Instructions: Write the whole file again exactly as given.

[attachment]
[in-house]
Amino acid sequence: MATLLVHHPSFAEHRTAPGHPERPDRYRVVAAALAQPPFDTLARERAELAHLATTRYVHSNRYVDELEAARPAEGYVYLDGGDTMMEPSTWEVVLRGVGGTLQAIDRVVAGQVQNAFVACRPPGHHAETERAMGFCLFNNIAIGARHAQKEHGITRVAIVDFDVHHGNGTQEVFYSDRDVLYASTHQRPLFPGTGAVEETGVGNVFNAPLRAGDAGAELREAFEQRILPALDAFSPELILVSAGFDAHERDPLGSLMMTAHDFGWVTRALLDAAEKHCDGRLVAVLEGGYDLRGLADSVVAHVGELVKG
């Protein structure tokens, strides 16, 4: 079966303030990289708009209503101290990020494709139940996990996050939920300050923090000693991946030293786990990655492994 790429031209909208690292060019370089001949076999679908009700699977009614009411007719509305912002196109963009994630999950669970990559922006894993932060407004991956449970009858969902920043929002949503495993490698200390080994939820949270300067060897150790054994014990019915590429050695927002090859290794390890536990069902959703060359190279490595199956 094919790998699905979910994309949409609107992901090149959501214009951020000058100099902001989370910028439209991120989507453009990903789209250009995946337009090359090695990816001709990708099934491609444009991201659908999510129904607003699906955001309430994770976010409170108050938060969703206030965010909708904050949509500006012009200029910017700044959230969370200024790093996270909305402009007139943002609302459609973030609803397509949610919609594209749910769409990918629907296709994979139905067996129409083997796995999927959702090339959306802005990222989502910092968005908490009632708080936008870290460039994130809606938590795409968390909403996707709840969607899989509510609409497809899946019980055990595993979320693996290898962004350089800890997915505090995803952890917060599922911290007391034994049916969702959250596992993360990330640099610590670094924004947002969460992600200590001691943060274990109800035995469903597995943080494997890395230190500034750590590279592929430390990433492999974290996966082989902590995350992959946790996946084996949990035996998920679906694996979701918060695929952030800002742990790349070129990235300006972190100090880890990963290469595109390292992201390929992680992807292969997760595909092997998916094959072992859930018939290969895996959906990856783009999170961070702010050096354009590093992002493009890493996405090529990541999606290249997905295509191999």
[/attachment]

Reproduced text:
[in-house]
Amino acid sequence: MATLLVHHPSFAEHRTAPGHPERPDRYRVVAAALAQPPFDTLARERAELAHLATTRYVHSNRYVDELEAARPAEGYVYLDGGDTMMEPSTWEVVLRGVGGTLQAIDRVVAGQVQNAFVACRPPGHHAETERAMGFCLFNNIAIGARHAQKEHGITRVAIVDFDVHHGNGTQEVFYSDRDVLYASTHQRPLFPGTGAVEETGVGNVFNAPLRAGDAGAELREAFEQRILPALDAFSPELILVSAGFDAHERDPLGSLMMTAHDFGWVTRALLDAAEKHCDGRLVAVLEGGYDLRGLADSVVAHVGELVKG
């Protein structure tokens, strides 16, 4: 079966303030990289708009209503101290990020494709139940996990996050939920300050923090000693991946030293786990990655492994 790429031209909208690292060019370089001949076999679908009700699977009614009411007719509305912002196109963009994630999950669970990559922006894993932060407004991956449970009858969902920043929002949503495993490698200390080994939820949270300067060897150790054994014990019915590429050695927002090859290794390890536990069902959703060359190279490595199956 094919790998699905979910994309949409609107992901090149959501214009951020000058100099902001989370910028439209991120989507453009990903789209250009995946337009090359090695990816001709990708099934491609444009991201659908999510129904607003699906955001309430994770976010409170108050938060969703206030965010909708904050949509500006012009200029910017700044959230969370200024790093996270909305402009007139943002609302459609973030609803397509949610919609594209749910769409990918629907296709994979139905067996129409083997796995999927959702090339959306802005990222989502910092968005908490009632708080936008870290460039994130809606938590795409968390909403996707709840969607899989509510609409497809899946019980055990595993979320693996290898962004350089800890997915505090995803952890917060599922911290007391034994049916969702959250596992993360990330640099610590670094924004947002969460992600200590001691943060274990109800035995469903597995943080494997890395230190500034750590590279592929430390990433492999974290996966082989902590995350992959946790996946084996949990035996998920679906694996979701918060695929952030800002742990790349070129990235300006972190100090880890990963290469595109390292992201390929992680992807292969997760595909092997998916094959072992859930018939290969895996959906990856783009999170961070702010050096354009590093992002493009890493996405090529990541999606290249997905295509191999």